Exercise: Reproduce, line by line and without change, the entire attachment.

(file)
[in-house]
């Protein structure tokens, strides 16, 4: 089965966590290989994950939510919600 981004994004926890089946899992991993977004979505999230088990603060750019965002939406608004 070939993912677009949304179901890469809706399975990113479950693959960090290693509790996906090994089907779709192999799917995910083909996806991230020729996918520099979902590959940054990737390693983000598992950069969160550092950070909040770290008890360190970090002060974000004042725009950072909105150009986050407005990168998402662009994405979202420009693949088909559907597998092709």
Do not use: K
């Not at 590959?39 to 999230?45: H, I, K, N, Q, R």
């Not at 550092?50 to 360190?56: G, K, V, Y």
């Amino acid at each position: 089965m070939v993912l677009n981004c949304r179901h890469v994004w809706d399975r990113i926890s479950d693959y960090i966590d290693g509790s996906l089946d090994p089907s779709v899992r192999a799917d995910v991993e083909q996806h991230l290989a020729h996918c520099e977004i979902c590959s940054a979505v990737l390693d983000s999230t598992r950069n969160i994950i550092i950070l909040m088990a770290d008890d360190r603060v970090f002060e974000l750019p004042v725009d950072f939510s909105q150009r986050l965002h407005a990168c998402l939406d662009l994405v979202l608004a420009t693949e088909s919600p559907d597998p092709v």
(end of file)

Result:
[in-house]
């Protein structure tokens, strides 16, 4: 089965966590290989994950939510919600 981004994004926890089946899992991993977004979505999230088990603060750019965002939406608004 070939993912677009949304179901890469809706399975990113479950693959960090290693509790996906090994089907779709192999799917995910083909996806991230020729996918520099979902590959940054990737390693983000598992950069969160550092950070909040770290008890360190970090002060974000004042725009950072909105150009986050407005990168998402662009994405979202420009693949088909559907597998092709």
Do not use: K
């Not at 590959?39 to 999230?45: H, I, K, N, Q, R």
């Not at 550092?50 to 360190?56: G, K, V, Y």
């Amino acid at each position: 089965m070939v993912l677009n981004c949304r179901h890469v994004w809706d399975r990113i926890s479950d693959y960090i966590d290693g509790s996906l089946d090994p089907s779709v899992r192999a799917d995910v991993e083909q996806h991230l290989a020729h996918c520099e977004i979902c590959s940054a979505v990737l390693d983000s999230t598992r950069n969160i994950i550092i950070l909040m088990a770290d008890d360190r603060v970090f002060e974000l750019p004042v725009d950072f939510s909105q150009r986050l965002h407005a990168c998402l939406d662009l994405v979202l608004a420009t693949e088909s919600p559907d597998p092709v």